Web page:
EPA approves Lynas plant in WA

22nd October 2021 By: Esmarie Iannucci - Creamer Media Senior Deputy Editor: Australasia

EPA approves Lynas plant in WA

Photo by: Bloomberg

PERTH (miningweekly.com) – The Western Australian Environmental Protection Authority (EPA) this week granted environmental approval for rare earths producer Lynas to develop its rare earths processing facility.

Lynas is proposing to construct and operate the plant on Great Eastern Highway, about 7 km from Kalgoorlie-Boulder. The project will process rare earth concentrate sourced from Lynas’ Mt Weld mine, about 380 km north of Kalgoorlie, to produce rare earth carbonate for export through the Fremantle port.

EPA chairperson Professor Matthew Tonts said air quality, human health and social surroundings were among the key considerations during the environmental impact assessment.

“The EPA has recommended a native vegetation buffer at least 30 m wide to screen the facility from residents and the city’s entrance along Great Eastern Highway,” he said.

“Conditions have also been recommended for waste management to ensure the proponent disposes of waste to an appropriate location at its Mt Weld mine or finds an alternative use for the process-derived waste.”

Lynas plans to return waste from the processing facility to Mt Weld for disposal, while the rare earth carbonate produced for export will be packaged in closed containers and transported by rail to Fremantle.

Lynas on Friday reported that sales revenue for the quarter ended September had dropped compared with the June quarter, on the back of lower production.

Total rare earth oxide production for the three months to September reached 3 166 t, down from the 3 778 t produced in the June quarter, while neodymium-praseodymium (NdPr) production declined from 1 393 t to 1 255 t.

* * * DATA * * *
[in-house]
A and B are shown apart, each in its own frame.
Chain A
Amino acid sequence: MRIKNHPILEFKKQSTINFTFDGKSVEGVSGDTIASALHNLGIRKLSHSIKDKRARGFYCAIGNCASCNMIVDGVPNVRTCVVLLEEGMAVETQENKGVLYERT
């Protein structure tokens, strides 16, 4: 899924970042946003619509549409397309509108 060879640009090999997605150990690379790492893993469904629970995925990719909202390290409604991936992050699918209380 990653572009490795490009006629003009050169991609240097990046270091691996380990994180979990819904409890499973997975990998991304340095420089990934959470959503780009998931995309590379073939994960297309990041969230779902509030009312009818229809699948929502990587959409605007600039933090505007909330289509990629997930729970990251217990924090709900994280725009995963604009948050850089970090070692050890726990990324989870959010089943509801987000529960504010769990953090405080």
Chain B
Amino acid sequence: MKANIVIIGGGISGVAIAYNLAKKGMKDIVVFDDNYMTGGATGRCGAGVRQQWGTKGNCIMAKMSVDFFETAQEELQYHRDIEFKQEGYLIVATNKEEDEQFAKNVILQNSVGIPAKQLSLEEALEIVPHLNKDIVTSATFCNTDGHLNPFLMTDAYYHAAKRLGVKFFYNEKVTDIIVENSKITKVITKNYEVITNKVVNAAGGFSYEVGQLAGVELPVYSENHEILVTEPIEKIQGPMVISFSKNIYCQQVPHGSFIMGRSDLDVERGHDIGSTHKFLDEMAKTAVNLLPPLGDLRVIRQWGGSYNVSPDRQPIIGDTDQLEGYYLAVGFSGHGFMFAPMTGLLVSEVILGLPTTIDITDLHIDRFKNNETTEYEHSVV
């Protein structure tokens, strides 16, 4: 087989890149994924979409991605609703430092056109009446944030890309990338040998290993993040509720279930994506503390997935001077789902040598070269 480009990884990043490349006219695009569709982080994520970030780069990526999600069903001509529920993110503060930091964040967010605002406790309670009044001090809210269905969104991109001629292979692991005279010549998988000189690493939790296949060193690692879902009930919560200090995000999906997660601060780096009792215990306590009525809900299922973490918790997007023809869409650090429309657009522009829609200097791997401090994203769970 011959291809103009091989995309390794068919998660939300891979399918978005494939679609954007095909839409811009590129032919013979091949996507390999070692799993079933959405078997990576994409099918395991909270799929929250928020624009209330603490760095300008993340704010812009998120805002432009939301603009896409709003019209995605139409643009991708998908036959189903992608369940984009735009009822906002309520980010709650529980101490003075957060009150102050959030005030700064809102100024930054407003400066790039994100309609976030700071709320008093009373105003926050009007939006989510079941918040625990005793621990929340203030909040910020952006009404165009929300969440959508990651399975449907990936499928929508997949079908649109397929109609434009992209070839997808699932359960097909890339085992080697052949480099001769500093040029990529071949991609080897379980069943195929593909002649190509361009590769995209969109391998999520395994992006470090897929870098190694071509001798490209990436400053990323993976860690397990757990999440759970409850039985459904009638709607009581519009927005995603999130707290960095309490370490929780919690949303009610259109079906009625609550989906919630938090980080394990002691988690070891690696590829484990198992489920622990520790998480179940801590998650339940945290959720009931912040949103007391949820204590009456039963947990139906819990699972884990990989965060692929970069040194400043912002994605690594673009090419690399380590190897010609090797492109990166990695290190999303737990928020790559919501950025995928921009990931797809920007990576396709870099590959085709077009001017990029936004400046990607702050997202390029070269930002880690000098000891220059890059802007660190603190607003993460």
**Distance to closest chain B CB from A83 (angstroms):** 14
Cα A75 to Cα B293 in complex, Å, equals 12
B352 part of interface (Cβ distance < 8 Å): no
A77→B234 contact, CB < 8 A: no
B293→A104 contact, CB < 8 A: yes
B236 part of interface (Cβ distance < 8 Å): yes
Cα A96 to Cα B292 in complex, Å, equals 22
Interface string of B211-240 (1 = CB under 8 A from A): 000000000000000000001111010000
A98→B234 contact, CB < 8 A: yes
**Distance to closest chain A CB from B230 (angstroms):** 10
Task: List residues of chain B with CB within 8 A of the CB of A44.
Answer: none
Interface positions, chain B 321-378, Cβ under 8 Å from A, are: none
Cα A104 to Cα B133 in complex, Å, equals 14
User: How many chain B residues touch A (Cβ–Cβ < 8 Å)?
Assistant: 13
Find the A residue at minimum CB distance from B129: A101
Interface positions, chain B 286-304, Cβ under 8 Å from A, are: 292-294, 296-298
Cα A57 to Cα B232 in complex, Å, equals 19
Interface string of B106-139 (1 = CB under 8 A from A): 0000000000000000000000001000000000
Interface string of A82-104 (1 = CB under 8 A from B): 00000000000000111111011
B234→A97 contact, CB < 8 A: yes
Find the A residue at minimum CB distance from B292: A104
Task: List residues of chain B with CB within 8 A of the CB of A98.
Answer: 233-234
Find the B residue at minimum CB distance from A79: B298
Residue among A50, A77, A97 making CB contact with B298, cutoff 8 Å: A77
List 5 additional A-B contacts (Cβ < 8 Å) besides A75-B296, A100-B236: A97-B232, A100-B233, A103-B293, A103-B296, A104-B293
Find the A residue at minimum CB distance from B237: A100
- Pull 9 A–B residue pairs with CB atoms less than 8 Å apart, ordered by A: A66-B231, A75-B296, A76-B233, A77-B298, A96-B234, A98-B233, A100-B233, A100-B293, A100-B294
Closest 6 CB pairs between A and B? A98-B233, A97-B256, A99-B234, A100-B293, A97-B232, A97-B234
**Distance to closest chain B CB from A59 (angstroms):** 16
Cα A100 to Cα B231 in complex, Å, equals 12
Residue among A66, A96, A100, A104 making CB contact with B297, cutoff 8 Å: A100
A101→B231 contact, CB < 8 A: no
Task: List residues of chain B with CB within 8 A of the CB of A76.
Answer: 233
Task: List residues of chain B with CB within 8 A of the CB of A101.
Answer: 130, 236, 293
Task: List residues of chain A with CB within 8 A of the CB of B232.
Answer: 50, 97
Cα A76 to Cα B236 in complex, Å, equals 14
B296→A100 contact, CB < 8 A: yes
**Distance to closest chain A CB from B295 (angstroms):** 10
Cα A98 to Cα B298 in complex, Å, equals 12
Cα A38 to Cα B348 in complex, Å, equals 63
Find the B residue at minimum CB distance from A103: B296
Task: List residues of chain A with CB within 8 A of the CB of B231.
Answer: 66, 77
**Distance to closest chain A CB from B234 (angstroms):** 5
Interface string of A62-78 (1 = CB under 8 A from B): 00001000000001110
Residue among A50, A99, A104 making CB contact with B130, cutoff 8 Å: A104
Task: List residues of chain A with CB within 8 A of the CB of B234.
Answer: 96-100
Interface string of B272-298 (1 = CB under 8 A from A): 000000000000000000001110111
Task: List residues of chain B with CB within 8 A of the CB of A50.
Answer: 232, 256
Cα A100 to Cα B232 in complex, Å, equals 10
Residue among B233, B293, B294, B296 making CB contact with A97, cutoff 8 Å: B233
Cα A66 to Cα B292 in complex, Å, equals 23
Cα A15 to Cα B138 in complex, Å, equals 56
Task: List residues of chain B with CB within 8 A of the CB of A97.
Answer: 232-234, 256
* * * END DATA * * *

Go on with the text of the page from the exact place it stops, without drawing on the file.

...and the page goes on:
Sales revenue for the quarter declined from the A$185.9-million reported in the June quarter to A$121.6-million.

CEO Amanda Lacaze told shareholders that strong demand from the magnet market and increased market pricing for NdPr continued as economies recovered from the pandemic. Invoiced revenue for the quarter was A$121.6-million, the second highest quarterly result recorded for Lynas.

She noted that while some 99% of staff and contractors in Malaysia were fully vaccinated, increased Covid-19 case numbers on the Kuantan area during the September quarter resulted in the cracking and leaching plant being partially or fully shut down for 11 days owing to the unavailability of personnel who were required to isolate.

“We were able to utilise this time for major maintenance programmes. Product finishing of non-NdPr products was also shut down for 16 days during the period as we prioritised NdPr production with available personnel. The pandemic continued to affect logistics, with delays in both inbound and outbound shipments affecting availability of key production inputs and finished product deliveries.

“Despite these challenges, the team managed to maintain NdPr production at 70% of Lynas NEXT capacity,” she added.

Lacaze noted that work on the Lynas 2025 foundation projects continued during the period, including procurement and minor and preliminary works at the Kalgoorlie rare earths processing facility, as approved by the EPA in March. Concrete pads were installed on site to enable the delivery of the kiln shell, which is being shipped from Europe and is expected to arrive in Western Australia in November.